At the onset of a supernova there can be an explosive outburst of gamma radiation before the massive star collapses into a black hole. One of the brightest gamma-ray bursts (GRBs) ever recorded has been spotted and it is in our own cosmic neighborhood, giving astronomers details that have never been seen before. Some of these details have challenged theoretical ideas of how gamma-ray bursts emit energy. Information from the gamma-ray burst have been published in five papers, all published this week.
The bright gamma-ray burst GRB 130427A was spotted on April 27, 2013 by scientists operating the Large Area Telescope (LAT) as well as the Gamma-ray Burst Monitor (GBM) on the Fermi Gamma-ray Space Telescope. Light from gamma rays are about 500,000 times more energetic than visible light. While the light has taken nearly 4 billion years for us to see, it has gotten here in a fraction of the time compared to other gamma-ray bursts.
Because the burst is so rare in its intensity (that we have detected so far) researchers have claimed that this is a unique time to measure photon activity at this energy level. In addition to being so bright, the energy of the GRB is also incredibly well-isolated, which definitely helps in observing and analyzing the light. It has been suggested that the spectral peak and brightness are connected, which has not been accounted for in current modeling theories.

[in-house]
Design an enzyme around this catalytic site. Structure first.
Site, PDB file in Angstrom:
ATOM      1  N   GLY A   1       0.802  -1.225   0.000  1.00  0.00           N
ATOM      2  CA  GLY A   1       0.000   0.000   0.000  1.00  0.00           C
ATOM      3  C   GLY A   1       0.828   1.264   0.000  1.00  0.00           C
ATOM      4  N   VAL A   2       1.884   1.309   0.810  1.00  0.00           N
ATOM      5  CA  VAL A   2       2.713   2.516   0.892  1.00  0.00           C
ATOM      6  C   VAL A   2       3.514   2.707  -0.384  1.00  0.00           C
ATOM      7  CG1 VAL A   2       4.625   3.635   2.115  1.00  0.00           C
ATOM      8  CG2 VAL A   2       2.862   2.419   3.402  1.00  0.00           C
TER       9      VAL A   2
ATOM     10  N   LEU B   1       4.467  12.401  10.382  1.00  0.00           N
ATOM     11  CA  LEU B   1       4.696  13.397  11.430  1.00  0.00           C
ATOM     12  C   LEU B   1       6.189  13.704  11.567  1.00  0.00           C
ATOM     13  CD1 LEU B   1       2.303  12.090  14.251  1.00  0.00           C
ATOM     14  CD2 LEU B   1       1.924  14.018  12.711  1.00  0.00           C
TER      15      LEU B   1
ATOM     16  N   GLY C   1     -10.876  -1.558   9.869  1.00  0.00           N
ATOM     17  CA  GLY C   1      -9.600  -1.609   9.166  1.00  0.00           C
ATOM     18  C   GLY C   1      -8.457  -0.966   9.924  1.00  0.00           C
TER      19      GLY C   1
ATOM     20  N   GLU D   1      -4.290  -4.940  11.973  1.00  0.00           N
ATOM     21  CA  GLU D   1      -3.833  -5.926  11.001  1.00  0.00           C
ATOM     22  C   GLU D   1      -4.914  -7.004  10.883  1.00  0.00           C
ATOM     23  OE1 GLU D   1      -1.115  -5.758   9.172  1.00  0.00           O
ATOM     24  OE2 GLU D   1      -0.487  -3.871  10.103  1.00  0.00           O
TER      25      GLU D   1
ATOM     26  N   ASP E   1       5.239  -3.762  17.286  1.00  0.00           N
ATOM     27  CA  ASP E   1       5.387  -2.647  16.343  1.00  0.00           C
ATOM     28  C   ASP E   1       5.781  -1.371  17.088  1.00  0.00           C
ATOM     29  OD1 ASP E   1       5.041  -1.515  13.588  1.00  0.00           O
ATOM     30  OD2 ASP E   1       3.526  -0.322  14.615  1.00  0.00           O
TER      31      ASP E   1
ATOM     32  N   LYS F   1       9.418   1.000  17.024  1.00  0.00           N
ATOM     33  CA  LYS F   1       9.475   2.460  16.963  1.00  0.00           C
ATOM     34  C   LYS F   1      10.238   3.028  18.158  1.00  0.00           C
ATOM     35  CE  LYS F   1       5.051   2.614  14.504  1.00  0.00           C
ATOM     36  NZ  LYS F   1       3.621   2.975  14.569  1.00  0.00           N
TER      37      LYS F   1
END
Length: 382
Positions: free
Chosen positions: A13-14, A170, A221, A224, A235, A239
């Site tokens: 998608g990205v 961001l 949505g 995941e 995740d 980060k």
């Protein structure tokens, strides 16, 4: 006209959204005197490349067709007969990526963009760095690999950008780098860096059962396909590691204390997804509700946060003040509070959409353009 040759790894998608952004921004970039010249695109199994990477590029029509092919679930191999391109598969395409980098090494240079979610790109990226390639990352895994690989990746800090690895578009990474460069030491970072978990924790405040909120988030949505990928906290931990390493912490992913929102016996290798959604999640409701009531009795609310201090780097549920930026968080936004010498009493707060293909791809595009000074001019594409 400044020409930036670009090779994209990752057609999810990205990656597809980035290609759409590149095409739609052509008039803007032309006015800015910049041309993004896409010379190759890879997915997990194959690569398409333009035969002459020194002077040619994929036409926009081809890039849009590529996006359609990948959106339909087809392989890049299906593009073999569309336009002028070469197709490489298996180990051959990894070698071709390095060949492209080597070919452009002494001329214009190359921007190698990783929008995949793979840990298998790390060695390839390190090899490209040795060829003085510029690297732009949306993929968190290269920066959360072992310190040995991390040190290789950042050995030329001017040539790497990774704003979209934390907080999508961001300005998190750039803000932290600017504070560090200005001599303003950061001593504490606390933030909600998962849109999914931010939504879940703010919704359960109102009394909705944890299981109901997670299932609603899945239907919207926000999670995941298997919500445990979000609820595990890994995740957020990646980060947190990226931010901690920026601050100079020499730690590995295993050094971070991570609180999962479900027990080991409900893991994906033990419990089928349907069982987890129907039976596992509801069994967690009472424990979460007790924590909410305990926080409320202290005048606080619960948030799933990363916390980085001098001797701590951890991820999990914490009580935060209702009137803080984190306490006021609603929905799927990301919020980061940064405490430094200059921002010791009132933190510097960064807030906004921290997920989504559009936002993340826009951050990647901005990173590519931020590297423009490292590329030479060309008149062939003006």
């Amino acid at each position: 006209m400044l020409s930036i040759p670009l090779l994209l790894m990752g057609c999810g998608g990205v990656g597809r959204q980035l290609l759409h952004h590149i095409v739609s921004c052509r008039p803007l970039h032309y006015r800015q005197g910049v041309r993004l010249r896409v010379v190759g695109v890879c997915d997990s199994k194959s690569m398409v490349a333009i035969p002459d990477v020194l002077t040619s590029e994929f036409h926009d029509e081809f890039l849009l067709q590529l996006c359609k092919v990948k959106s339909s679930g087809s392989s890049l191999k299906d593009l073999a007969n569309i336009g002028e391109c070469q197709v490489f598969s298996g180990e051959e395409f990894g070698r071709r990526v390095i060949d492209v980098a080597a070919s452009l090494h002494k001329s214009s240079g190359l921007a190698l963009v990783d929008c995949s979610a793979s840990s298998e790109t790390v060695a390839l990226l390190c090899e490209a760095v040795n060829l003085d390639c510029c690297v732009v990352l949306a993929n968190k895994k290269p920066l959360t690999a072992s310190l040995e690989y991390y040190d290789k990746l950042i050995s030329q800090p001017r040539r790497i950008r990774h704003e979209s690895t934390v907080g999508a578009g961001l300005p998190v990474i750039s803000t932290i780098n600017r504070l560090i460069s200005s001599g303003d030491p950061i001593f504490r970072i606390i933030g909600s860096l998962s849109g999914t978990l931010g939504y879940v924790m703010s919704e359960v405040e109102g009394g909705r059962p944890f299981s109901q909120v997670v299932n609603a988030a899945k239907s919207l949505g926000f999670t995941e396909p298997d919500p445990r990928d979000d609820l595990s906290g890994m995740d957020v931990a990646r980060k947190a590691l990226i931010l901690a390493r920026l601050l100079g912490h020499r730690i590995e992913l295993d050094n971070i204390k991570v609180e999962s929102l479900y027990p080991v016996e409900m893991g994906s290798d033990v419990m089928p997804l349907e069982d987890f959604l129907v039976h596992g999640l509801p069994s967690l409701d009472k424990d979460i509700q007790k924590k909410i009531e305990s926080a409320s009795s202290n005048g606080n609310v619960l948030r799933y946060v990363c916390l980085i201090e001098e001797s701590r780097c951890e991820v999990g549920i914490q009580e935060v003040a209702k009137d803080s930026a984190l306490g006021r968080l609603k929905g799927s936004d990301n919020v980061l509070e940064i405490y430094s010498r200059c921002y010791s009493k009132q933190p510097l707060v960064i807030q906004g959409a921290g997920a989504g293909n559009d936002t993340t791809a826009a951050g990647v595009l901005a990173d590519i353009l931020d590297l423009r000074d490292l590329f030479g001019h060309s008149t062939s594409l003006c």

The GRB has properties similar to redshift bursts, which is leading scientists to believe that there may be a common driving force between GRBs detected now and those that happened early in the Universe following the Big Bang.
The explosion was so severe, researchers were able to measure shock forces going forward and backward. The reverse shock is better seen by ultraviolet, visual, and near infrared spectra, while the forward shock is better visualized with x-rays. The extensive information collected from this GRB has been described as the “benchmark” which will influence all future GRB researchers.